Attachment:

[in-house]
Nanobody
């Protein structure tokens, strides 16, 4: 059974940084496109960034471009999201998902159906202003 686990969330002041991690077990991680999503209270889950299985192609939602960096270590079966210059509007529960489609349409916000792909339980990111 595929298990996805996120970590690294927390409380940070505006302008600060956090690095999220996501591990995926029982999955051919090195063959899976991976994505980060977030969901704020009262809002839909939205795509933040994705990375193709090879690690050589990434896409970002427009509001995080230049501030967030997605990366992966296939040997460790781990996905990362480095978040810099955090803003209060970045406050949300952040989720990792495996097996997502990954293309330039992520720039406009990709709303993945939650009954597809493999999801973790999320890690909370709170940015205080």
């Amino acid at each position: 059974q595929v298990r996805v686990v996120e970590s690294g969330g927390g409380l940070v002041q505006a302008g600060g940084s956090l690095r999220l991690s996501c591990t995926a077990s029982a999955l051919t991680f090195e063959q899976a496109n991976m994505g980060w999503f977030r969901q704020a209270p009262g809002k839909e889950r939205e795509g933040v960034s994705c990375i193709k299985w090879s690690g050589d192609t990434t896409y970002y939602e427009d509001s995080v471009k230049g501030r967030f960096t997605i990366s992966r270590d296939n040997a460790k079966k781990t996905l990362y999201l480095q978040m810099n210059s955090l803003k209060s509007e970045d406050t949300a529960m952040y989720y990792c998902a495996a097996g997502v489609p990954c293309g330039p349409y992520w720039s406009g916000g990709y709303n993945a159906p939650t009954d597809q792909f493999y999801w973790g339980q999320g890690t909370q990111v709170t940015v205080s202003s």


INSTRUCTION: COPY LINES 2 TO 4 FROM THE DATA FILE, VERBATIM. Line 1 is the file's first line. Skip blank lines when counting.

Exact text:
Nanobody
């Protein structure tokens, strides 16, 4: 059974940084496109960034471009999201998902159906202003 686990969330002041991690077990991680999503209270889950299985192609939602960096270590079966210059509007529960489609349409916000792909339980990111 595929298990996805996120970590690294927390409380940070505006302008600060956090690095999220996501591990995926029982999955051919090195063959899976991976994505980060977030969901704020009262809002839909939205795509933040994705990375193709090879690690050589990434896409970002427009509001995080230049501030967030997605990366992966296939040997460790781990996905990362480095978040810099955090803003209060970045406050949300952040989720990792495996097996997502990954293309330039992520720039406009990709709303993945939650009954597809493999999801973790999320890690909370709170940015205080």
């Amino acid at each position: 059974q595929v298990r996805v686990v996120e970590s690294g969330g927390g409380l940070v002041q505006a302008g600060g940084s956090l690095r999220l991690s996501c591990t995926a077990s029982a999955l051919t991680f090195e063959q899976a496109n991976m994505g980060w999503f977030r969901q704020a209270p009262g809002k839909e889950r939205e795509g933040v960034s994705c990375i193709k299985w090879s690690g050589d192609t990434t896409y970002y939602e427009d509001s995080v471009k230049g501030r967030f960096t997605i990366s992966r270590d296939n040997a460790k079966k781990t996905l990362y999201l480095q978040m810099n210059s955090l803003k209060s509007e970045d406050t949300a529960m952040y989720y990792c998902a495996a097996g997502v489609p990954c293309g330039p349409y992520w720039s406009g916000g990709y709303n993945a159906p939650t009954d597809q792909f493999y999801w973790g339980q999320g890690t909370q990111v709170t940015v205080s202003s």